MSE alumni Jason Gu and Jacob Melby and MSE Professor Bob Davis have developed a hydrogen sensor that can prevent catastrophic explosions in severe environments.  They, together with MSE Professor Lisa Porter, founded SenSevere LLC to produce hydrogen sensors for harsh environments, such as chlorine production cells and nuclear reactors. 

During the production of chlorine, high concentrations of hydrogen are produced and must be swept out of the system. If hydrogen is accidentally allowed to mix and react with chlorine, the reaction produces hydrochloric acid (HCl), which, in turn, produces so much heat that it often causes massive explosions.

The hydrogen sensor, which was developed at Carnegie Mellon, is vital in materials science because detecting hydrogen during chlorine production can prevent explosions and loss of life. SenSevere’s device is unique because it can go inside working chlorine production cells and endure the harsh chemical environment created by chlorine. Before this device, no other sensor on the market could withstand the corrosive environments generated during chlorine production.

“The importance of the sensor has to do with the robustness of the sensor itself,” said Gu. “Basically, the more chemically stable the materials that you’re using in your sensor, the less it will interact with its environment. The sensor enables us to be more flexible in terms of the things that we choose for it to interact with, because it itself is very stable.”

Besides chlorine production, Davis explained that the sensor can be used in nuclear reactors. Hydrogen buildup in nuclear reactors typically led to massive explosions because of high concentrations of hydrogen interacting with oxygen or water. Davis and Gu emphasize the importance of the SenSevere’s hydrogen sensor because it can provide sensing in environments that could never be sensed before.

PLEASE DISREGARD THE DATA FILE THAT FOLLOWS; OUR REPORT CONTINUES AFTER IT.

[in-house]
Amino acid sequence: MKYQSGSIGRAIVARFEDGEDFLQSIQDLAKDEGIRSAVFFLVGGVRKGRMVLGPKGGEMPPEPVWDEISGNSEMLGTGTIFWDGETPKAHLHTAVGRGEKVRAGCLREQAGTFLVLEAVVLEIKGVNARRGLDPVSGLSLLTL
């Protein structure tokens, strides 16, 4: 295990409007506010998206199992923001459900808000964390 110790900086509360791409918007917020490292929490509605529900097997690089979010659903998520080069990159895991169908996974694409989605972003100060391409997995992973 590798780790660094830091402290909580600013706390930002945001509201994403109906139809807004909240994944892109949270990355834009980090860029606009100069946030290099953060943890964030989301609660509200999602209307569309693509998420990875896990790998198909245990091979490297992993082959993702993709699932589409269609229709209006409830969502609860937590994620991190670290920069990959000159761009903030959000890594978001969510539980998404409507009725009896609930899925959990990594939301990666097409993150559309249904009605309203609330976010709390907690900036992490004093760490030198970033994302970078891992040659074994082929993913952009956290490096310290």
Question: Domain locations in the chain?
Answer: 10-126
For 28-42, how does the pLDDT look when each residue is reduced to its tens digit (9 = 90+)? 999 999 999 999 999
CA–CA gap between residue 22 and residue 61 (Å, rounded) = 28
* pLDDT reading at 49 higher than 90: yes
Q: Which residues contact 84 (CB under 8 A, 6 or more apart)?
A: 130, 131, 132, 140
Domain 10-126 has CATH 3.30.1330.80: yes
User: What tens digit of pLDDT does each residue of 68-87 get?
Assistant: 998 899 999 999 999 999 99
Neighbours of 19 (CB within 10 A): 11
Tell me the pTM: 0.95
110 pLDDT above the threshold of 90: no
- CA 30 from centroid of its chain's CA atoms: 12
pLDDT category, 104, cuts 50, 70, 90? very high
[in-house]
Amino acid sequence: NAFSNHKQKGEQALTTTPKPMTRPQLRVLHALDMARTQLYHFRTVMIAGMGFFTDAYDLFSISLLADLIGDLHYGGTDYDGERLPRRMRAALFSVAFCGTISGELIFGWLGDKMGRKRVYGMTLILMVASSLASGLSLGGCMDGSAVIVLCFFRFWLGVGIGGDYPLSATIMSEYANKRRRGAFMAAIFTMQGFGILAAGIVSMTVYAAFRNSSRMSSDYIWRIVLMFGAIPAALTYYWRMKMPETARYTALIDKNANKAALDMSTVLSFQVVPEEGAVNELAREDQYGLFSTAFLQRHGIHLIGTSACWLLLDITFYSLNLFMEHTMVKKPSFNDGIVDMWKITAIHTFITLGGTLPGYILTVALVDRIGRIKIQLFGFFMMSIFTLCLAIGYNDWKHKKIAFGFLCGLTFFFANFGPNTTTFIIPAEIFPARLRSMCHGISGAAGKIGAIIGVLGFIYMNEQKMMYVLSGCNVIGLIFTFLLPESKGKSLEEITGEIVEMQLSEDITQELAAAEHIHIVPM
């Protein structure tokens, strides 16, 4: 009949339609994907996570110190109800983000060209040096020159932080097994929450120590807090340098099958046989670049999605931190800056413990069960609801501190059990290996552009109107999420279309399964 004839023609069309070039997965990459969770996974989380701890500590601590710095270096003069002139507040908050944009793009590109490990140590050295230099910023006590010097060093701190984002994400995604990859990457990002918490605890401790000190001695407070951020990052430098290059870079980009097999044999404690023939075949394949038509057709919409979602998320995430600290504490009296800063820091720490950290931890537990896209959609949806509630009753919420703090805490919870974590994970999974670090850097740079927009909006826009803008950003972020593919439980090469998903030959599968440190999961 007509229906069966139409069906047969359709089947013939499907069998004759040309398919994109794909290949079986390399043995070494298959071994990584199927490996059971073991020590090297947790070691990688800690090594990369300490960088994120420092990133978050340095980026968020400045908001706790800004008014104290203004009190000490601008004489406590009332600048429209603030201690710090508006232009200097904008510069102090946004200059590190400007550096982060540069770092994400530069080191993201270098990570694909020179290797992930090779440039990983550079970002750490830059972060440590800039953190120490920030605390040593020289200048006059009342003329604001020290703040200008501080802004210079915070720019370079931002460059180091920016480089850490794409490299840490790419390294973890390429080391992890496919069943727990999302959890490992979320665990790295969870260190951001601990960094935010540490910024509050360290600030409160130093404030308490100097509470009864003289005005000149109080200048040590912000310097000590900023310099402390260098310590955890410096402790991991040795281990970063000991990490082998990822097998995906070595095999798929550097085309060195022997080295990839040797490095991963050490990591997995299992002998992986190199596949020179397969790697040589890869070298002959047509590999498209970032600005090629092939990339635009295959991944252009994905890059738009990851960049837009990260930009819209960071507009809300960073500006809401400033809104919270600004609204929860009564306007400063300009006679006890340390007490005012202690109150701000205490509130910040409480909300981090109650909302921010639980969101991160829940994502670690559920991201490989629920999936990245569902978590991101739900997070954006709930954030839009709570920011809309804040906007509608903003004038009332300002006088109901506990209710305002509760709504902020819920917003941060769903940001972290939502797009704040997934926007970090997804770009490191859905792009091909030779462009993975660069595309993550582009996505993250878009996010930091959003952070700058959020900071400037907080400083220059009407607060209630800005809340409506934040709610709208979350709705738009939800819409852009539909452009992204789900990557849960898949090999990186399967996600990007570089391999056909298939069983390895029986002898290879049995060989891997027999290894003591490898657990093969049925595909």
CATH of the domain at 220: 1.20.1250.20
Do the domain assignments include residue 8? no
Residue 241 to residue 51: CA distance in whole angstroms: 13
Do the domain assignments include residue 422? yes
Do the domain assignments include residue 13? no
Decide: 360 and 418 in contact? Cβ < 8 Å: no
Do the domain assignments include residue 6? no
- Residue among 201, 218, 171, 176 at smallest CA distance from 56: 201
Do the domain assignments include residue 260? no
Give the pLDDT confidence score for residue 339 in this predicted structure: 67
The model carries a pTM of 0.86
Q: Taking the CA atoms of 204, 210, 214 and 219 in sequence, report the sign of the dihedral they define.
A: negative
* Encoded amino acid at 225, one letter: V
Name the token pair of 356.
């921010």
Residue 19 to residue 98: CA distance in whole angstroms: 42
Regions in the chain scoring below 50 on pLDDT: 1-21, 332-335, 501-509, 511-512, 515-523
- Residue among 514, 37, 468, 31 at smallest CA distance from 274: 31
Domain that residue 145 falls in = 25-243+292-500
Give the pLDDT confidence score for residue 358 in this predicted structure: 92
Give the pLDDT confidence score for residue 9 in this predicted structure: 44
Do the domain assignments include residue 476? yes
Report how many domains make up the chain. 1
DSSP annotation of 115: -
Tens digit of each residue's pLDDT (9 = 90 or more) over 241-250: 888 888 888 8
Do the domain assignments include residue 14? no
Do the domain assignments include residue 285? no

This is where knowledge, understanding, and a little luck helped to create a device which could be brought to commercial fruition.

Bob Davis, Professor, Materials Science and Engineering, Carnegie Mellon University

“If you think about the inside of a nuclear reactor,” said Gu, “the further in you get, the less information you have about what’s going on, and the slower that information comes. If you’re at the very outside of the core, you can bring a handheld sensor in. But as you go further and further into the core, the information gets much more delayed and less accurate because you can’t send a person in, and other sensors don’t work as well in there.”

“The hydrogen sensor provides us with faster and more accurate information about some of these dangerous environments and processes that are present.”

The inspiration for the company’s device came from the team’s interest in Group-III nitride films and devices. For this project, they tested an aluminum gallium nitride (AlGaN) high-electron-mobility transistor (HEMT) to evaluate its capacity as a sensor material. Gu thought the transistor might be sensitive to hydrogen, so the team sought to test his hypothesis.

“We set up a laboratory in Wean Hall, and Gu and Melby began testing the transistor for hydrogen sensitivity at various concentrations, temperatures, and pressures,” said Davis. “And lo and behold, it turned out to be a really excellent sensor for hydrogen.”

“This is where knowledge, understanding, and a little luck helped to create a device which could be brought to commercial fruition.”